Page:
Hog Wild: Weekend Trips to Tomales Bay, CA

By Jessica Rogers

I made plans for my escape to Tomales Bay in May. I knew I needed something on the books later in the year to break up the monotony of being a shut in during the pandemic. I’d fallen in love with the charming cottages at Nick’s Cove on a day trip long ago, but the waterfront cottages book up so far in advance that I never had the timing right. My plan? Come back one day to spend a night or two here and soak up the salt and rocks. In a rare stroke of luck in 2020, I was able to secure a reservation for two nights during the Halloween weekend. Even luckier, the weather was gorgeous.

The picnic tables at Hog Island Boat Oyster Bar

We hit the road on a Saturday morning, driving further and further away from the crowded communities, each town smaller than the last along the windy country roads leading away from the Bay. Despite stopping for a pleasant lunch at Two Bird Cafe in San Geronimo, I knew we needed oysters immediately upon arrival. I booked a post-lunch snack at the Hog Island Boat Oyster Bar on Resy. It’s a pilgrimage of sorts to eat these shellfish where they are pulled fresh from the sea.

I had avoided the ubiquitous Hog Island in the past as it was always a crowded mess of people shucking their own oysters and fighting for table space. Now, they required reservations and had shucking service. The vibe was festive as I think most people were as overjoyed as we were to be sitting on the water on such a gorgeous day.

Second round of Sweetwaters at Hog Island Boat Oyster Bar

We ordered drinks and Sweetwater oysters at the bar and settled in to enjoy the view. Inexplicably, my husband isn’t a huge oyster fan so I ordered just six, but after trying one I had to order another round just to have more Hogwash, their distinct rice wine vinegar mignonette with jalapeno and cilantro. I could have stayed the entire afternoon sitting there on the bay but the bar was closing, and we had to check into the hotel.

Rustic-chic bedroom in Al’s Cottage

We booked Al’s Cottage, one of the rooms directly on the water. The decor was deliberately rustic, but had modern amenities like heated bathroom floors and a fully stocked minibar (a glorious rare joy in COVID days). The cottage had a living room with a big leather couch and fireplace, and a bedroom with a comfy king-sized bed, both with a direct view out onto the water.

Living room and deck, Al’s Cottage

At the end of the long pier at Nick’s Cove, there is a little boat shack designed for parties, complete with an old piano and a phone to call for food and beverages. Someone was hosting a gathering and the sound of laughter and clinking glasses in the distance made it feel like life was normal again. As the fog arrived, the merry party departed for the evening. The silence set in as the sun faded, and I felt very far from home, even though I was only an hour’s drive away. I headed inside for a nice soak in the deep claw-foot tub.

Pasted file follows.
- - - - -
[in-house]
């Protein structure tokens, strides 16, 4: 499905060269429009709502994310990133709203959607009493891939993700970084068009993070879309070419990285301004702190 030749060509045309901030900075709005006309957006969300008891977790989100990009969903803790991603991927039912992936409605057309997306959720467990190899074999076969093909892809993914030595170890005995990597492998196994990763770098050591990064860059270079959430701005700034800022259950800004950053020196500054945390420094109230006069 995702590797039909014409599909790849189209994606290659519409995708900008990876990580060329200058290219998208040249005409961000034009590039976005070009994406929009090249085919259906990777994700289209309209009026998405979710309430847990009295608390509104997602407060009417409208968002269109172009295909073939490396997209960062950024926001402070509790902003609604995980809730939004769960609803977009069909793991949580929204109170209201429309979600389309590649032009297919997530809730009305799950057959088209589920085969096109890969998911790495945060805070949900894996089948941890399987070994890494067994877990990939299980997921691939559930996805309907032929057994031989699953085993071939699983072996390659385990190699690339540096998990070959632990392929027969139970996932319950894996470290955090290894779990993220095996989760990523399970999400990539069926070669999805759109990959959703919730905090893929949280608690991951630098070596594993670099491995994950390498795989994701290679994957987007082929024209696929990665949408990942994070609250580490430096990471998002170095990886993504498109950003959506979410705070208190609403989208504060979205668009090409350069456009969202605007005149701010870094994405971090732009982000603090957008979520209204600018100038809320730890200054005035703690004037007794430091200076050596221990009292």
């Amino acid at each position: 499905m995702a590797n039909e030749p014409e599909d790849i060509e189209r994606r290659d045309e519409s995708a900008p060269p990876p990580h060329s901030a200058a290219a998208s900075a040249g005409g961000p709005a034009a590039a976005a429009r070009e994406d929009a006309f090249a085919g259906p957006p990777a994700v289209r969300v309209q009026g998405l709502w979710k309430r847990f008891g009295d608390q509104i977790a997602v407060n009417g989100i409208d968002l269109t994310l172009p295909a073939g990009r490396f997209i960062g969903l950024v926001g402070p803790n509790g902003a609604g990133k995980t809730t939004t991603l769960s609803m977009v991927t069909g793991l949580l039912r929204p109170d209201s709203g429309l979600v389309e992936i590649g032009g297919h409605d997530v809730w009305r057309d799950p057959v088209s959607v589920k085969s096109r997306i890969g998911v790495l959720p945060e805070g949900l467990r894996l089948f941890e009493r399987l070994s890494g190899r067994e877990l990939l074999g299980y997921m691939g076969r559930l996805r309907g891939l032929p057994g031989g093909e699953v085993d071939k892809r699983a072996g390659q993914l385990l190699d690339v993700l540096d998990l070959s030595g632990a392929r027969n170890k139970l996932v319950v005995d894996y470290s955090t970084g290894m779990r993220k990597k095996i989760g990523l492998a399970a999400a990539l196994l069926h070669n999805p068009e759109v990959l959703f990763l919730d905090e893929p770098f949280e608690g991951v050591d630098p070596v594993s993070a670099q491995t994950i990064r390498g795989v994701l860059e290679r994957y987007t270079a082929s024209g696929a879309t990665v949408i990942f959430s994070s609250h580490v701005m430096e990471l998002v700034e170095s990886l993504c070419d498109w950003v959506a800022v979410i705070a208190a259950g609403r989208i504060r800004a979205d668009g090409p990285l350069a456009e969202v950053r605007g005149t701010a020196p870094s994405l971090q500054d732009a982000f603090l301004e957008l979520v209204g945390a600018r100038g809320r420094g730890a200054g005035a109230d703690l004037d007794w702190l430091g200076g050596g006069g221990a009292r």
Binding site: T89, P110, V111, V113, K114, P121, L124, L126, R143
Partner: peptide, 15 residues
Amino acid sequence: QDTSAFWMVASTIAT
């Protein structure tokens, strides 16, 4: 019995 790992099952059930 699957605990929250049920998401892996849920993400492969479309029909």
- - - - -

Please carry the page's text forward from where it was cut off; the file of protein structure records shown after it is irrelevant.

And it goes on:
Fog rolling in at sunset, Nick’s Cove

Given the pandemic, there was no dining service, so we ordered at the front window and ate outside on the deck with the heaters. The food was unremarkable, but the bar was still serving and the martini I ordered was the perfect ending to a beautiful day.

The next morning, we took a short drive to Dillon Beach, a small community tucked away down a rambling road. A new resort of sorts dominates the town with its tiny houses, overlooking an expansive beach with expensive parking. We spent the day reading on the beach and had takeout lunch from the Coastal Kitchen

Dillon Beach view from the Coastal Kitchen

For our second dinner, we drove up windy Highway 1 to the town of Tomales for dinner at William Tell House. That night it was just us and another table braving the cold outside dining. The heat lamp helped, as did the amazing fish tacos. The menu was simple, but what lacked in description made up for in flavor – the most

perfectly crisp battered with a mix of vinegary and spicy toppings.

Waterfront dining at Tony’s Seafood

In no rush to get home the day of our departure, we stopped at Tony’s Seafood for lunch, which is also owned by Hog Island. It had a more extensive menu than the Boat Shack so I tried the Earthquake Bay oysters for the first time, which are grown in bags that tumble the oysters as the tide rises and falls. The result is the most tender oyster. We paired this with the decadently rich Cowgirl Creamery grilled cheese sandwich and sipped our wine watching the sun reflect off the water. In that moment, I was filled with gratitude, for the oysters and sunshine and a dream weekend fulfilled.

Earthquake Bay and Kumamoto Oysters, Tony’s Seafood

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